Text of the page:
These wood chips, left over from maintenance operations, could be a feedstock for biochar production.
Penn State Extension’s recent Symposium on developing markets for low use wood marked the final major event sponsored (in part) by the USDA-funded PA State Wood Energy Team. This group is in the process of evaluating the successes and challenges during its three years spent expanding the market for wood as an energy source in the Keystone State.
One of the goals of that team’s efforts was to improve the transparency of market prices. One of the speakers at the symposium proposed an option to do just that. As a publisher of wood manufacturing and forest management information Dan Meyer proposed proving market pricing information for biomass fuel commodities in the mid-Atlantic region. Symposium attendees had an interest in that information as there were both sellers and buyers of biomass feed stocks in the audience. Still, the challenge remains that woody biomass carries a traditionally low price and as such often isn’t worth the transportation costs to move it any distance much further than fifty miles. That was found to be another of the obstacles to woody biomass market growth encountered by the PA Wood Energy Team.
The last month of the PA Wood Energy team, on the bright side, is being spent planning to overcome several of the road blocks that have held back woody biomass as a fuel of choice. Of course there isn’t much that can be done to soften the impact that abundant low cost natural gas has had. Transforming woody biomass by converting it to a higher value commodity is one option left to be explored. This approach, the logic goes, could open options to other higher priced markets in which conventional woody biomass can’t compete. With more market options on the table more material currently in the category of “underutilized” can justifiably be harvested from the woods helping the industry to grow.
A combination of the PA Wood Energy Team learning curve, an opportunity presented by the 2017 Wood Innovation Grant program, and an article that appeared in the last edition of this newsletter have led to a strategic opportunity to grow the market for wood based renewable products in the region. The result has been that Penn State has been awarded a Wood Innovation Grant to develop markets for biochar. The commercial partner for this effort is Koppers, Inc., a multinational company with deep roots in Pennsylvania and a long history of wood products production.
Bio-char, comprised primarily of carbon, is obtained by thermally treating biomass at high temperatures. Its resulting properties make it more valuable than raw woody biomass alone. As bio-char it is mainly free of water so weight-related transportation costs is a lesser concern. It can be substituted for carbon from other sources such as in activated carbon applications used in the filtration of fluids and the absorption of contaminants. Bio-char can also replace coal, helping to improve emissions and reduce the carbon footprint in co-firing applications producing electricity. But probably the most exciting opportunities are those that have yet to be identified. That is a large part of the grant’s mission. Unlocking the potential of bio-char means creating new, valuable markets for woody biomass, the material that often gets overlooked and left onsite as trees are removed for whatever reason, chipped, and left on the ground to decompose.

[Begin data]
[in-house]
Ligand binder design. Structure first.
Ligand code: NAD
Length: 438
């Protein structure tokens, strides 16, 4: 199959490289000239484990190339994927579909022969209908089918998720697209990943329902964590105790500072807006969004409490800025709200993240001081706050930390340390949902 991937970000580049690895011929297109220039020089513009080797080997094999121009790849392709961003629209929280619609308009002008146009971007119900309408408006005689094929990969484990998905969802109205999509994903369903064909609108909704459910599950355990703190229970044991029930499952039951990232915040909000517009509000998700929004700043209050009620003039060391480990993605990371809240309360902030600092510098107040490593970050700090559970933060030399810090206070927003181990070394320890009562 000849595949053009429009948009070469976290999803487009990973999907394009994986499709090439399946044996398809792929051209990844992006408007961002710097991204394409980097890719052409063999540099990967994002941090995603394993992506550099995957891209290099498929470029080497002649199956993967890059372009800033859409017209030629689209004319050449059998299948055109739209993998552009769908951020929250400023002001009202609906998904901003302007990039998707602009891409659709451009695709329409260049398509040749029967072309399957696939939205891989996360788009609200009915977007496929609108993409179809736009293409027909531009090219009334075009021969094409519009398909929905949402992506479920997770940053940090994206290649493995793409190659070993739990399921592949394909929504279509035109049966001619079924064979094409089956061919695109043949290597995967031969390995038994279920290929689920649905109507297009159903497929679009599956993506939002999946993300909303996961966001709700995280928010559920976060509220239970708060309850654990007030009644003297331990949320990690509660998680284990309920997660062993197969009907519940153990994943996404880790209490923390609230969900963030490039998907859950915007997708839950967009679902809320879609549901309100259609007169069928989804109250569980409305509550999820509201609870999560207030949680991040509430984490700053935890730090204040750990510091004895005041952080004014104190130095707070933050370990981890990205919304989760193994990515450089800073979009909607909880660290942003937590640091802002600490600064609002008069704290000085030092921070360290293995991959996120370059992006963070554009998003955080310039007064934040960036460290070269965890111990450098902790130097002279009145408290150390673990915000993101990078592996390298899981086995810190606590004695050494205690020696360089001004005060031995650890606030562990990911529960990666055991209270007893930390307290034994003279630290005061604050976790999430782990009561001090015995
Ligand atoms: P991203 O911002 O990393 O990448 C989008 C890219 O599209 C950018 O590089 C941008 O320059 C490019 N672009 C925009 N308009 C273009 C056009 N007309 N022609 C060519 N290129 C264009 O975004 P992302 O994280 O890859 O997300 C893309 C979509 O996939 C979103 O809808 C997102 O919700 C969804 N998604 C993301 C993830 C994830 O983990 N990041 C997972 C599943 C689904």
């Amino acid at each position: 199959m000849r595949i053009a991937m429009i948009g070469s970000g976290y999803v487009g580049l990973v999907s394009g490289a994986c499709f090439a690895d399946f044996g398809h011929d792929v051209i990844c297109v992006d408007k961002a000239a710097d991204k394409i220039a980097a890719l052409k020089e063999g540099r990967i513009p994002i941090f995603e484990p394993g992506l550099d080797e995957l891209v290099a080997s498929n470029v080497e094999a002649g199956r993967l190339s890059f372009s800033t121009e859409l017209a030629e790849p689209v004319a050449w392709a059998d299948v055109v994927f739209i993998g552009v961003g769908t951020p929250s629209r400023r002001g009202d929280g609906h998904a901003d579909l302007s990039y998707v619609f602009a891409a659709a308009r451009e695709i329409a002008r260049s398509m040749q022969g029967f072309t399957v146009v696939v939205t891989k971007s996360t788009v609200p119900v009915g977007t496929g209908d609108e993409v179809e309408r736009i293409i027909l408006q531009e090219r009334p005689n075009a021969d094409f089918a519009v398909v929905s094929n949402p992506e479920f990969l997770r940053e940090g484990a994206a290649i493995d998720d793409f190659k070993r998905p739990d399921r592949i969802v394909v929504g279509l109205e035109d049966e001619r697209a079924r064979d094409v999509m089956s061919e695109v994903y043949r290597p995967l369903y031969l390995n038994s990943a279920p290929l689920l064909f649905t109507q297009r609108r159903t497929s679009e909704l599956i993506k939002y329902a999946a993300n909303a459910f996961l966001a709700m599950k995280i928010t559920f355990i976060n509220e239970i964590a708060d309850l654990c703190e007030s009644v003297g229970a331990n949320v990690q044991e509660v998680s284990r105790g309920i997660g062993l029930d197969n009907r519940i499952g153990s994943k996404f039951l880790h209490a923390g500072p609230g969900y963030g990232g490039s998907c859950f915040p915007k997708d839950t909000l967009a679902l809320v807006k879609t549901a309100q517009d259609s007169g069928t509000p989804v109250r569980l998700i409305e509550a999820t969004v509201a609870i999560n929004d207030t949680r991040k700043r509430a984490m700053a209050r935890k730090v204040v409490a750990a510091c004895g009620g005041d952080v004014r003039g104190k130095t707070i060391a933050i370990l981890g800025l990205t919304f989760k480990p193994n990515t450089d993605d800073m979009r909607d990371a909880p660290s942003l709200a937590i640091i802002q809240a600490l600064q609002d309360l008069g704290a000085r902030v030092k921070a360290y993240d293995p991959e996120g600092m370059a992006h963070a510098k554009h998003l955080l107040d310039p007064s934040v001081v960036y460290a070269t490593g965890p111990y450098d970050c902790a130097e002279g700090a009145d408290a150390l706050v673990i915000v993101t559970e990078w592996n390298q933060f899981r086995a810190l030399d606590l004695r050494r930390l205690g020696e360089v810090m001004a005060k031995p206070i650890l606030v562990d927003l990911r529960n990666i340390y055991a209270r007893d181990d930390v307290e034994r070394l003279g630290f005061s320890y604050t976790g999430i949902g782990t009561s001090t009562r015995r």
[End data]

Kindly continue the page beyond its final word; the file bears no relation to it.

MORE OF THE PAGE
The partner in Extension’s new venture, Koppers Inc. has a key interest in finding a new markets for this low value woody material since they produce wooden railroad ties each year to replace ties at the end of their useful life. These used ties, if processed into bio-char, could compete in markets dominated by non-sustainable fossil derived carbon products that are not carbon neutral. Bio-char could, as an example, displace traditional sources of high grade carbon that is at the core of a new class of super-capacitors that are being designed to bridge the energy storage gap between fluctuating solar PV electricity production projects and battery storage. The current workhorse in the battery field is lithium batteries that have a slow charging format. Super-capacitors respond to over voltage nearly instantaneously and can store electricity long enough to either discharge back to the grid to help maintain fluctuating voltages or slow charge batteries if need be. If you think about it you may come up with a few applications where high value carbon is used that could be sourced from a renewable, carbon neutral resource like woody biomass. The key factor is that the carbon required has a significant value.
Prepared by Ed Johnstonbaugh, Penn State Extension